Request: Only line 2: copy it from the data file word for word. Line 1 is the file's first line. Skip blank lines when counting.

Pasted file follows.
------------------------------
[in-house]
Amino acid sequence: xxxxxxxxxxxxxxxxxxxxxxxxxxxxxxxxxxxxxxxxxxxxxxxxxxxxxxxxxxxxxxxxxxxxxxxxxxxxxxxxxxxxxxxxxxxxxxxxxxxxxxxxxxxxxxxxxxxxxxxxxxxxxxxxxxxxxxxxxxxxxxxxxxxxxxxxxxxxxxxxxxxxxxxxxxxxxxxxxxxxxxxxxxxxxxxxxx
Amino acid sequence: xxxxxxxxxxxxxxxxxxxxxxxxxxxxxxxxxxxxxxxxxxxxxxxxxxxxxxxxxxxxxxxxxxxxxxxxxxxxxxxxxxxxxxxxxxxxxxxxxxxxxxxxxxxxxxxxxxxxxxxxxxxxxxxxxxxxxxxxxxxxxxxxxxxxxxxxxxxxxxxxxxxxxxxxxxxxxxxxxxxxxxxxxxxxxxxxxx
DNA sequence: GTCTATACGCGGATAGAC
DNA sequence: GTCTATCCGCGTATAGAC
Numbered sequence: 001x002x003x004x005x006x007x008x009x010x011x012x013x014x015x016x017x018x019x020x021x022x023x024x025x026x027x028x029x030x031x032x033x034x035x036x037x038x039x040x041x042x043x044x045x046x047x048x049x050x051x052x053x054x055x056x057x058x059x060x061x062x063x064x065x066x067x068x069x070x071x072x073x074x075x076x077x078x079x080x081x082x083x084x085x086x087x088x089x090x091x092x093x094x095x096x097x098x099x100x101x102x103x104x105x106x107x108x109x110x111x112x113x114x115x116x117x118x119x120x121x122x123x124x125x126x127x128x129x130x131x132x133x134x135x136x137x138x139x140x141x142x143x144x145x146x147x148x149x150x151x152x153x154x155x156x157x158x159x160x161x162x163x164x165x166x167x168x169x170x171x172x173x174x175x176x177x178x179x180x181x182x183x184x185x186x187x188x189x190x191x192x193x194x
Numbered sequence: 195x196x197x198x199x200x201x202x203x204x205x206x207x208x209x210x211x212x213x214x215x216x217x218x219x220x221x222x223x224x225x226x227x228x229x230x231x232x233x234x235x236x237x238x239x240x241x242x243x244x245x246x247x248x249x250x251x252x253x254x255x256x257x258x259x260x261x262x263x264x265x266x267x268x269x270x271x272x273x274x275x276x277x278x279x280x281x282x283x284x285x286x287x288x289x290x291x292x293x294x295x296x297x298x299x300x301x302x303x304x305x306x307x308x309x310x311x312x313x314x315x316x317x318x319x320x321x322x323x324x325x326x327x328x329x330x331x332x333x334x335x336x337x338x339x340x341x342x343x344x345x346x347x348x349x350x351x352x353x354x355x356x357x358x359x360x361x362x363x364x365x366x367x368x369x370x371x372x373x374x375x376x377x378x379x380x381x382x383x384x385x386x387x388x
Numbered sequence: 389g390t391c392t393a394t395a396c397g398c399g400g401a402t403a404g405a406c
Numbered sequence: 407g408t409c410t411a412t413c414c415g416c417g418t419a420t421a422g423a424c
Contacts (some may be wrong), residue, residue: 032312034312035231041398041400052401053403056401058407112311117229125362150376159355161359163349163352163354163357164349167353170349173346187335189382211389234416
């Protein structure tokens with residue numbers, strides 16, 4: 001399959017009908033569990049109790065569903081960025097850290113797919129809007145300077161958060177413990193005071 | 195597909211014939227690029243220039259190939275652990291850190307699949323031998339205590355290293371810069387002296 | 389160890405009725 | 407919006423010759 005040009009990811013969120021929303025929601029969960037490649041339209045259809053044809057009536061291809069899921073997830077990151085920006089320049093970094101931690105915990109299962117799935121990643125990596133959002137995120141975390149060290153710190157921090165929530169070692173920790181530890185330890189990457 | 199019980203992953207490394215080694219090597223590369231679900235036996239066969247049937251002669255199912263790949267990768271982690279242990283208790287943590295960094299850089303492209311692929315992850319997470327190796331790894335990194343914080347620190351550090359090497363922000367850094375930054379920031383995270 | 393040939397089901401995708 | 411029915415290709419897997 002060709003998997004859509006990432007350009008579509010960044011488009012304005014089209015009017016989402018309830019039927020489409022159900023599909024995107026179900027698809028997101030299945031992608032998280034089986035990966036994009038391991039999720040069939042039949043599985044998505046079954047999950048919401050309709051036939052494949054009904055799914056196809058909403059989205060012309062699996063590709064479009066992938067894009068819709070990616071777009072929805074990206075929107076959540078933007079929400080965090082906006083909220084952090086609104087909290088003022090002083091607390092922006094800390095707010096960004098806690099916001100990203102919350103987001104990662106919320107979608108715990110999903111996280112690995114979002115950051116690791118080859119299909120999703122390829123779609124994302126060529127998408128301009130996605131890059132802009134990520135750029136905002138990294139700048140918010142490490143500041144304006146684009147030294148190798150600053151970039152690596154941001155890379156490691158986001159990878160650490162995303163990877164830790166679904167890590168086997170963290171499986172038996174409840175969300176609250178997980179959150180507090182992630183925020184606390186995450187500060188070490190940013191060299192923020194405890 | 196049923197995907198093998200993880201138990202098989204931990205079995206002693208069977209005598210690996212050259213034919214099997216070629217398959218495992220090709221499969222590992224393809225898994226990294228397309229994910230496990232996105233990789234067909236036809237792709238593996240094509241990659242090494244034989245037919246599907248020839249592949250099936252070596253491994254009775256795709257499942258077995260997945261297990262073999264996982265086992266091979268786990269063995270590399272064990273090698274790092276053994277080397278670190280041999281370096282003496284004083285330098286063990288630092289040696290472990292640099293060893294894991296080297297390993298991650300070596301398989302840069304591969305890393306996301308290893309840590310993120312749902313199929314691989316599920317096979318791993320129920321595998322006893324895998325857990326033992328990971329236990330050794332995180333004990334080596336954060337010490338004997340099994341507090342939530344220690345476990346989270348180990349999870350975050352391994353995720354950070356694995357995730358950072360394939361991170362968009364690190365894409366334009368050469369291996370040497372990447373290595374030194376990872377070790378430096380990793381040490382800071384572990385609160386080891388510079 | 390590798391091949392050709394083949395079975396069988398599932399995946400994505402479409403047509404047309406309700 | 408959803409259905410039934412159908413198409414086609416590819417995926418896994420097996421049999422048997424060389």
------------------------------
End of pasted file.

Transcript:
Amino acid sequence: xxxxxxxxxxxxxxxxxxxxxxxxxxxxxxxxxxxxxxxxxxxxxxxxxxxxxxxxxxxxxxxxxxxxxxxxxxxxxxxxxxxxxxxxxxxxxxxxxxxxxxxxxxxxxxxxxxxxxxxxxxxxxxxxxxxxxxxxxxxxxxxxxxxxxxxxxxxxxxxxxxxxxxxxxxxxxxxxxxxxxxxxxxxxxxxxxx